I do not know whether the hon. Gentleman is bragging or complaining. Perhaps we will draw a veil over his personal problems.
The Bill is widely welcomed throughout the industry, and it is a matter of some sadness that the most notable thing that the hon. Member for Edinburgh, East (Dr. Strang) found able to say during the course of his short remarks was—I hope that I quote him correctly—we stand four square in opposition to the Bill, because we are concerned for security of tenure. I paraphrased that. It is a pity that the hon. Gentleman has, with his colleagues, come forward with that attitude.
We had an interesting discussion of the detail of the Bill in Committee. Many amendments were tabled and withdrawn by the hon. Member for Clwyd, South-West (Mr. Jones). It was a sensible Committee, if I may say so, and we have come up with a good Bill. It generated an almost total lack of controversy—I make no criticism of the hon. Member for North Cornwall (Mr. Tyler), who represents the Liberal Democrats and who was unable to be in Committee for the most part—because it came to the House and to another place with the support of the whole industry. I shall not go through the acronyms of all the bodies that are represented in the TRIG. None the less, the Bill is welcome, and I am here today to welcome it on behalf of my landowning and tenant farmers in Harborough.
My hon. Friend the Member for Cirencester and Tewkesbury (Mr. Clifton-Brown) has already mentioned the other wing or leg of the argument that will help to increase the amount of acres let in England and Wales—the alteration to the capital tax provisions. It is worth mentioning that it is not every Cabinet Minister who can persuade the Treasury to yield to his blandishments. My right hon. Friend the Minister of Agriculture is to be congratulated on the subtle and effective way in which he has managed to persuade the Treasury to accede to his requests. It was a worthwhile aim, and I am delighted that he was so successful.
I have heard from a number of landowners that, because of the Bill, they will definitely let land as from 1 September. I regret that they may change their minds or feel rather less comfortable in having made those promises having heard the attitude of the official Opposition. It is regrettable that the Opposition are not coming at the Bill in the spirit in which it has been presented to Parliament and in the spirit in which it has been welcomed by all other interested parties.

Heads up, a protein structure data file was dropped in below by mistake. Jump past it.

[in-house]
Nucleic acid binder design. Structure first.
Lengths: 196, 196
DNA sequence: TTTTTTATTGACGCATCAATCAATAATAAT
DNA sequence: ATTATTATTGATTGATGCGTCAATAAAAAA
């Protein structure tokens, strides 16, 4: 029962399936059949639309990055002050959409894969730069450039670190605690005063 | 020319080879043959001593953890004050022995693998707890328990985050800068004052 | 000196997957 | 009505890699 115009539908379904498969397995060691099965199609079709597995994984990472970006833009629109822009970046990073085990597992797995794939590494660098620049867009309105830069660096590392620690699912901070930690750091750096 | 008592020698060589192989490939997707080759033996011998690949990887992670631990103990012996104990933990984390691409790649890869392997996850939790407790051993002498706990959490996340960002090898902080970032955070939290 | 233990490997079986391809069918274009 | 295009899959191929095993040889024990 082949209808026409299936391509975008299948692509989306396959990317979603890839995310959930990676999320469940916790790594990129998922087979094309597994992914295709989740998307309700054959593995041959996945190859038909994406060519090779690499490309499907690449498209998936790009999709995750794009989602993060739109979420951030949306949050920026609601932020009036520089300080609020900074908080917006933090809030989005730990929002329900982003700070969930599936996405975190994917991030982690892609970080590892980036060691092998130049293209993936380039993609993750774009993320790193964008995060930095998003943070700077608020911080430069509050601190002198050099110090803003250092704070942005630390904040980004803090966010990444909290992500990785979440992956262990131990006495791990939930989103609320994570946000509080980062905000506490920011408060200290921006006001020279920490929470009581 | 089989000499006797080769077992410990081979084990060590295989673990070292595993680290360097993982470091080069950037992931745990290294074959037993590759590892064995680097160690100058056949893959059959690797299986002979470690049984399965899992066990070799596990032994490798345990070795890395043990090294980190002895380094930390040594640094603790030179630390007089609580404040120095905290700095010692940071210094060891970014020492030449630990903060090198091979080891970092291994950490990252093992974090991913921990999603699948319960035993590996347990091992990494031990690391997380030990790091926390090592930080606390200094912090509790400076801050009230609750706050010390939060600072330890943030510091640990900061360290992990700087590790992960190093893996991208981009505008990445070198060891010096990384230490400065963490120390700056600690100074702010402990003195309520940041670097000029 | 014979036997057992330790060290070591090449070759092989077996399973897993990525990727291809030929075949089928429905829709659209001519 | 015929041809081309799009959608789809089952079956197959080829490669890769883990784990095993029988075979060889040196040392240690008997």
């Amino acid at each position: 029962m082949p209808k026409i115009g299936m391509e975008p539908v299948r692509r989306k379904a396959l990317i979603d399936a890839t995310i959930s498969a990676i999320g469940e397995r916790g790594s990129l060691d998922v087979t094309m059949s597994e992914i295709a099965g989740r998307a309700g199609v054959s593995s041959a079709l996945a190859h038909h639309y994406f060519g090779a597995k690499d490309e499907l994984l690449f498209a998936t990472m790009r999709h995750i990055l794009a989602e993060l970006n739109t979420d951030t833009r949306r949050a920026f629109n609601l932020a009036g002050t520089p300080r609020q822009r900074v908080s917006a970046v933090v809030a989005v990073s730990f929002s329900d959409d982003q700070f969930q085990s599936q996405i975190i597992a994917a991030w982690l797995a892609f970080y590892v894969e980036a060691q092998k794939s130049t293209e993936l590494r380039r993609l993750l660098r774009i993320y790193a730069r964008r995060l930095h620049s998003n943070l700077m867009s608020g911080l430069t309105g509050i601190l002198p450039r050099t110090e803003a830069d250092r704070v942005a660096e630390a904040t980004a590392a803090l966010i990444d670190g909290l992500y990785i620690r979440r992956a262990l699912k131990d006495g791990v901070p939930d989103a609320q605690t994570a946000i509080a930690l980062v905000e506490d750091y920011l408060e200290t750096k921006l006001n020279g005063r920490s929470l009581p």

In my view, the Bill restores balance. It is fair to say that, in the early 19th century, the balance in the relationship between the landlord and tenant was almost entirely in favour of the landlord. That situation pertained throughout the 19th century. Throughout this century, particularly since the second world war, the balance has gone too far in favour of the tenant, to the detriment of farming and of landowners. I believe that the Bill at last redresses the balance, so that both sides can now look at each other with equality. It is a pity that the Opposition do not recognise that.
It is perhaps ironic that the Opposition, who are so against the hereditary principle when they discuss the other place, should be so in favour of the hereditary tenancy legislation of 1976. I wish that the hon. Member for Edinburgh, East (Dr. Strang), who has made it clear that he will not act retrospectively, in the unlikely event of the Labour party coming to power in some future time, on tenancies under the Bill, had been clearer. He inaccurately described them as Tory tenancies. I think that industry tenancies is more accurate, or TRIG tenancies would be the better short form. It is a pity that Opposition Members seem to be putting in doubt the confidence of farmers and landowners who so avidly want to see the Bill work, and who want to see additional land let to new and young entrants to farming.